In other words, a US citizen can pass away this year owning $11.4 million in worldwide assets and no US estate tax will be assessed on the estate. This remains the case regardless of who are the beneficiaries of the estate (thus, no estate tax even if he leaves the full estate to his non-citizen spouse). For amounts exceeding the threshold that pass to the non-US citizen spouse, the estate tax can be deferred if a so-called Qualified Domestic Trust (or “QDOT”) is used. More about QDOTs in a later post.
Property Held Jointly
Under the general estate tax rule, when any kind of property (real or personal) is held by a decedent and other persons as joint tenants with the right of survivorship the value of the jointly held property included in the estate of the first joint tenant who passes away is calculated through a “tracing” of funds. In other words, the law wants to know “who contributed how much”. The percentage of value of the property included in the estate is based on the amount of consideration paid by the deceased joint tenant to acquire the property (and, if applicable, amounts paid later, for example, capital improvements).
Husband and Wife – Both are US Citizens
This general rule changes if the property is owned only by a husband and wife as joint tenants WROS. If both spouses are US citizens, the rules become simpler and the “tracing” mandates are simply done away with.
Under this rule when the US citizen decedent and the US citizen surviving spouse are the only joint tenants of the property, only one-half of the value of the property is included in the deceased spouse’s gross estate, regardless of who contributed what.
Thus, for example, if the husband provided all of the funds upon creation of a joint bank or brokerage account with his spouse, and he was the sole contributor of additional funds thereafter, upon death, only one-half the value of the account is included in his estate even though the wife did not contribute any funds whatsoever.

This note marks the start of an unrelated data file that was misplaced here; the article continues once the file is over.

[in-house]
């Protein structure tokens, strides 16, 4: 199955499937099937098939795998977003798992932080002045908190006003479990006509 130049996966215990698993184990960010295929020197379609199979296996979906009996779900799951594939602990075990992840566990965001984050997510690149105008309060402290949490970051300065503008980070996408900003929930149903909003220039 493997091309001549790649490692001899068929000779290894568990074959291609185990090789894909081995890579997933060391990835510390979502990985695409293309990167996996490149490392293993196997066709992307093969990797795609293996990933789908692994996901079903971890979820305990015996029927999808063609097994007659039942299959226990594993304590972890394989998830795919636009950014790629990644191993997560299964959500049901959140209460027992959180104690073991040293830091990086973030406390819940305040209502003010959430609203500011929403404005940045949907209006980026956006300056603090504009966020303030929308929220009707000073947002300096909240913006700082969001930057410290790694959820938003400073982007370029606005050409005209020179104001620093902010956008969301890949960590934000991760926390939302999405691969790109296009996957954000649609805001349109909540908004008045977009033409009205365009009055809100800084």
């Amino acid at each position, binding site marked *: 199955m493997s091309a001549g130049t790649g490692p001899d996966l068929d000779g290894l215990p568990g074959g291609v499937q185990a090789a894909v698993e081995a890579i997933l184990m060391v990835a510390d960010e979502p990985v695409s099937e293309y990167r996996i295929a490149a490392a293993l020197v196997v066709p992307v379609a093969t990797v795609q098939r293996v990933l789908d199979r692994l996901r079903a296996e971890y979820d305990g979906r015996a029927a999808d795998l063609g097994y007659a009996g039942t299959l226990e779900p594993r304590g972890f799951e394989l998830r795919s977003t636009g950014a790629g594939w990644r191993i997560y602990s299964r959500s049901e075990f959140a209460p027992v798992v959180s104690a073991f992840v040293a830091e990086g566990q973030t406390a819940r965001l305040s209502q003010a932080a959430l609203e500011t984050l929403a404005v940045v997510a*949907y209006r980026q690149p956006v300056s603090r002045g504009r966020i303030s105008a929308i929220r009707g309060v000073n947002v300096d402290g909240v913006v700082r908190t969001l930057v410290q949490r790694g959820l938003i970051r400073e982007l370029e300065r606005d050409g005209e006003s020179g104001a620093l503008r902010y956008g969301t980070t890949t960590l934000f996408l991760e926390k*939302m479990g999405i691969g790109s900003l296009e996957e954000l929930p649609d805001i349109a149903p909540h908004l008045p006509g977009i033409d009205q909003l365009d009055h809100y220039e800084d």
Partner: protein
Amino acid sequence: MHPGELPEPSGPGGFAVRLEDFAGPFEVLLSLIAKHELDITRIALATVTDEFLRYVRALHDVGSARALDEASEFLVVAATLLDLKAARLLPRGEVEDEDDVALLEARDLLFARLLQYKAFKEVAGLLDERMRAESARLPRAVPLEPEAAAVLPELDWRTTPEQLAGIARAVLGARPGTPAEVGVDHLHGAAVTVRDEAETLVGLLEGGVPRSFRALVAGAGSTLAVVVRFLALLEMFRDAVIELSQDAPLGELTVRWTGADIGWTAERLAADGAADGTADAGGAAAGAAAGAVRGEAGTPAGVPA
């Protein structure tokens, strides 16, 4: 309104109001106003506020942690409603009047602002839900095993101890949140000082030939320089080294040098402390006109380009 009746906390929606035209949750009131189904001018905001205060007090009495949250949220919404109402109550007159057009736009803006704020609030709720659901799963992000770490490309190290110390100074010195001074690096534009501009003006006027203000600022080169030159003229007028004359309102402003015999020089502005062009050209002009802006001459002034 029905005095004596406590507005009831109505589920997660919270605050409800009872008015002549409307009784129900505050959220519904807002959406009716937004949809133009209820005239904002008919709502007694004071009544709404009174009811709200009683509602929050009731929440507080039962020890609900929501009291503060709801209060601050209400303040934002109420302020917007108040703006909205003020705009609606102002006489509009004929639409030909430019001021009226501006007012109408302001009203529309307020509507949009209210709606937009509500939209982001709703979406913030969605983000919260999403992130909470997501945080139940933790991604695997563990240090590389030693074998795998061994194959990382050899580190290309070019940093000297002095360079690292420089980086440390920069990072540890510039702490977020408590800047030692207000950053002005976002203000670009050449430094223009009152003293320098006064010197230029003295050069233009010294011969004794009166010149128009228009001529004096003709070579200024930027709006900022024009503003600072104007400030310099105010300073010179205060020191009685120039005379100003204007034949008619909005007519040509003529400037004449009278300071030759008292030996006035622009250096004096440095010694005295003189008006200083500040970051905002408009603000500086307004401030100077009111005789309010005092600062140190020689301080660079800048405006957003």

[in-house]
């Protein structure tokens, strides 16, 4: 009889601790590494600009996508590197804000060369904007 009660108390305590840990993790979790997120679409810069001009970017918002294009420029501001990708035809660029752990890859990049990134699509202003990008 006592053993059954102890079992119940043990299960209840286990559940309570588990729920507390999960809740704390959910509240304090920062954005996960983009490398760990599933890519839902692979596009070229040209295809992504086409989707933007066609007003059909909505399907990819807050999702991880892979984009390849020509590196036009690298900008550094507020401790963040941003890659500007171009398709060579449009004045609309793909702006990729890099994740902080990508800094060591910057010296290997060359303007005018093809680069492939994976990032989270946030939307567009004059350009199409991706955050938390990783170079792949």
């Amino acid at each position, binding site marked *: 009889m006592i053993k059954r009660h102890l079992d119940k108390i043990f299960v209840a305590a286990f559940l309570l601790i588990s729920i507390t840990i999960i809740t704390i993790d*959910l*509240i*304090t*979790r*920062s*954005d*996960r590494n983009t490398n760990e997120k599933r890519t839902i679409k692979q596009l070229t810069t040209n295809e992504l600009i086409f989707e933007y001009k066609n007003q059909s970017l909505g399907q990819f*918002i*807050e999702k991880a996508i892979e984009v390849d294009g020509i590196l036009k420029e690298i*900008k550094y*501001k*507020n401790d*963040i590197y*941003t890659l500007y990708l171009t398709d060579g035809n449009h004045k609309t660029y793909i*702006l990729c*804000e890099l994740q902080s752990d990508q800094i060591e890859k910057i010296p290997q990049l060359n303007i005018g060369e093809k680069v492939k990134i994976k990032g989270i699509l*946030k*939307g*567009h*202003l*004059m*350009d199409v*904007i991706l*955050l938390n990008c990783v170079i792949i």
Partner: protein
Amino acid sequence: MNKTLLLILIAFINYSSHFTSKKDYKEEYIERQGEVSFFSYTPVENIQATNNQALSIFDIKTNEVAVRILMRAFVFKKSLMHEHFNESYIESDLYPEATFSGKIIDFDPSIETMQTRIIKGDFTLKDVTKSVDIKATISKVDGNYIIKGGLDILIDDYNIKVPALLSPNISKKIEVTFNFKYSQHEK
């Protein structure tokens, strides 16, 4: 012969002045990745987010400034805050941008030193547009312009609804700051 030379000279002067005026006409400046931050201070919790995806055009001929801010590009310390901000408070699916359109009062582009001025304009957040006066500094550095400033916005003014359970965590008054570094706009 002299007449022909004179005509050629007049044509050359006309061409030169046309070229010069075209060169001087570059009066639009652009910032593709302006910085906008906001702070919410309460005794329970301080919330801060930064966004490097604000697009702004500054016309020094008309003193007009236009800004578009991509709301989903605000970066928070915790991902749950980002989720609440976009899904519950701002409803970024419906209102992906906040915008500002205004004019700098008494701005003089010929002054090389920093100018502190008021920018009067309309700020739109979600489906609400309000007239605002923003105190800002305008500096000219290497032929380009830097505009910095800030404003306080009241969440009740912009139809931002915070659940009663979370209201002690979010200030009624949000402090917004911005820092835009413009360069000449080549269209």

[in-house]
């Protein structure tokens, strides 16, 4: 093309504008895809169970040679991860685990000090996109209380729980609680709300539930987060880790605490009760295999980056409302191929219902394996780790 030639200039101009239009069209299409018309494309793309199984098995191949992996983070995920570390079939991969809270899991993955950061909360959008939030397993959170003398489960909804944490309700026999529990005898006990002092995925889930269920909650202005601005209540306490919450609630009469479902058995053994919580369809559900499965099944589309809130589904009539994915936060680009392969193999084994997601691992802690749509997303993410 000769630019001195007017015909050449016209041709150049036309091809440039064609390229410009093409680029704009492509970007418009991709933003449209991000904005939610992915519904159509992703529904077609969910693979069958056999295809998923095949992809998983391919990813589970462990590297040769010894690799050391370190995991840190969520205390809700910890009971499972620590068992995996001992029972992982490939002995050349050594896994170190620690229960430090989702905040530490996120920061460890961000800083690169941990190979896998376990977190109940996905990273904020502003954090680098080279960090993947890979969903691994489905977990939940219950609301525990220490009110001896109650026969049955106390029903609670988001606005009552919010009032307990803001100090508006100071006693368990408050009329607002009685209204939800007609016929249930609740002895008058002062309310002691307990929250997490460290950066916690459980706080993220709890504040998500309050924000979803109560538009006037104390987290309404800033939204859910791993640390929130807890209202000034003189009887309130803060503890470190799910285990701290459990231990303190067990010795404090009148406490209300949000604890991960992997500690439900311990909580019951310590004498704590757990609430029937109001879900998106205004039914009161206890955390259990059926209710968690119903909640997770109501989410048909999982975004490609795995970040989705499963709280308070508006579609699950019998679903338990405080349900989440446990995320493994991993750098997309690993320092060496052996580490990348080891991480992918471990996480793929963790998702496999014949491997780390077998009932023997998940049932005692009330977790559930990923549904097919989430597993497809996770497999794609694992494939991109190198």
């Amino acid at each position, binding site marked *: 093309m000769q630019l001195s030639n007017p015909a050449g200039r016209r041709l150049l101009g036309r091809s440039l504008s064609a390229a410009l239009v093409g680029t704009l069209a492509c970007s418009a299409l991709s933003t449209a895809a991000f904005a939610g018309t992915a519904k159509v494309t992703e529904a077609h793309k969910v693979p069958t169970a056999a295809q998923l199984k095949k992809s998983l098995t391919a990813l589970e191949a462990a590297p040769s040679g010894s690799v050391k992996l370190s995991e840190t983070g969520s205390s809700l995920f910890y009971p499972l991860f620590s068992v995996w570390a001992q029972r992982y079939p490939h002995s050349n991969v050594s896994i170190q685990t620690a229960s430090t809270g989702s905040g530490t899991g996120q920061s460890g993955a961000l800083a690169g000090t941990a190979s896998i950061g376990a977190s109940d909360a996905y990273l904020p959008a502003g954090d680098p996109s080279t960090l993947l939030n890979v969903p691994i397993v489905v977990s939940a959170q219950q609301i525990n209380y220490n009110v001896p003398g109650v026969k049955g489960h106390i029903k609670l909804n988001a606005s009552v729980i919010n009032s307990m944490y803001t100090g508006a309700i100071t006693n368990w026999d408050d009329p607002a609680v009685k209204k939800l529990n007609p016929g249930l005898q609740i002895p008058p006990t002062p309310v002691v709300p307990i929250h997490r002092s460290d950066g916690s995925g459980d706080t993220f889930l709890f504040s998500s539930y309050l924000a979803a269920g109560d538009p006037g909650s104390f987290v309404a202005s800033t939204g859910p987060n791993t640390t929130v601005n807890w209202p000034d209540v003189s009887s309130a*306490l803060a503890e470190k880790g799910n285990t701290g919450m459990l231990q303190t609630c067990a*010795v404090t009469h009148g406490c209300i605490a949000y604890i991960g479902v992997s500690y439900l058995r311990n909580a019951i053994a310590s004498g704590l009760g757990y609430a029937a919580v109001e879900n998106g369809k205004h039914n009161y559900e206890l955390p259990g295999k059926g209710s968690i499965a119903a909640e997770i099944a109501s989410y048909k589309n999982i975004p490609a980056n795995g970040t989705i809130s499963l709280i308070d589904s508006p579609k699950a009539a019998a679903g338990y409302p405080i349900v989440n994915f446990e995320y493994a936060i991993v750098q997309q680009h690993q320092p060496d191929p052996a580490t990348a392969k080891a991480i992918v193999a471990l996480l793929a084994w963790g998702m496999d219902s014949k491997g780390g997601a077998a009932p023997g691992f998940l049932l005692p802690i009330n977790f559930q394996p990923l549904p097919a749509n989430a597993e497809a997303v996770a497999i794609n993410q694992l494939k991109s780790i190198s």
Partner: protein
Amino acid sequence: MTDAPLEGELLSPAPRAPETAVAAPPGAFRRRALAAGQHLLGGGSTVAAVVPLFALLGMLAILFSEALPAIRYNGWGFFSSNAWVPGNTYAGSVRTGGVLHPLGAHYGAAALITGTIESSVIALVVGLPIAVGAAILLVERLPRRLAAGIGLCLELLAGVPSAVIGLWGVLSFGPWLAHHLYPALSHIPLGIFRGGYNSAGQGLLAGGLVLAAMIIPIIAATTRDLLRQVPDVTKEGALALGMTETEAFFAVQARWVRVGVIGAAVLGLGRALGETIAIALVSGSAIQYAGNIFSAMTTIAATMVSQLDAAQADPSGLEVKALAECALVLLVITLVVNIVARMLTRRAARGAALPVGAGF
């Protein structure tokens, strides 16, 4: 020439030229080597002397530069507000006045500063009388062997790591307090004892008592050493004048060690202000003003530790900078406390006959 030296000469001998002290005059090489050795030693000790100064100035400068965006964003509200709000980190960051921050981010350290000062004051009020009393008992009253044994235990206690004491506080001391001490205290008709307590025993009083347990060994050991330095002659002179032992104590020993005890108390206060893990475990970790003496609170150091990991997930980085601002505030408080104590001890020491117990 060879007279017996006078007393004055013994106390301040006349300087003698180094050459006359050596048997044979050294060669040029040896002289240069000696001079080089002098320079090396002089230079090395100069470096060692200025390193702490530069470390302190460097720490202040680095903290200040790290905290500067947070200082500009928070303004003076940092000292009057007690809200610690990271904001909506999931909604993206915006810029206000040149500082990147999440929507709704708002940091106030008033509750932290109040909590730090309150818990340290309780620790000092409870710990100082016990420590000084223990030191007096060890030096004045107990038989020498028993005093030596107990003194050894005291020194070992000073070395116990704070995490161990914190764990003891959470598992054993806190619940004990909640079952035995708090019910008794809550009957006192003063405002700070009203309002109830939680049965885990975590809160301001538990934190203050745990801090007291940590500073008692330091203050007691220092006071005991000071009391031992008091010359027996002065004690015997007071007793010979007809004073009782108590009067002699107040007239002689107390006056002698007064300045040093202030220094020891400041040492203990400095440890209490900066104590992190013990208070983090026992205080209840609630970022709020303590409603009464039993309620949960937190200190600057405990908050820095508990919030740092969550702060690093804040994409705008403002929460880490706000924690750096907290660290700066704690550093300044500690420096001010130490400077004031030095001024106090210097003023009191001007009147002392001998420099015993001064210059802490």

Non-US Citizen Spouse
However, the rules change and become complicated again when the surviving spouse is not a US citizen. The simple rule does not apply if the surviving spouse is not a citizen of the United States at the time of the decedent’s death. Instead, the decedent’s estate must employ the “tracing rule” mentioned earlier to determine the amount includible in the deceased spouse’s estate.
Without adequate records and proof, the jointly-owned (non-community) property passing to a non-US citizen spouse is generally fully includible in the deceased spouse’s estate … and remember, there is no unlimited marital deduction to minimize the Estate tax bite! Ouch!
We Can Help
You may already have made the choice and titled property jointly with your non-US spouse and are now faced with confusing tax issues. If the US spouse is considering relinquishing US citizenship, is half the property counted for purposes of determining that spouse’s net worth test under the expatriation rules? Is all of it counted? If you wish to divide the assets now, what are the tax results?
We can help you resolve these critical issues so that your tax planning is optimized.
Posted January 14, 2019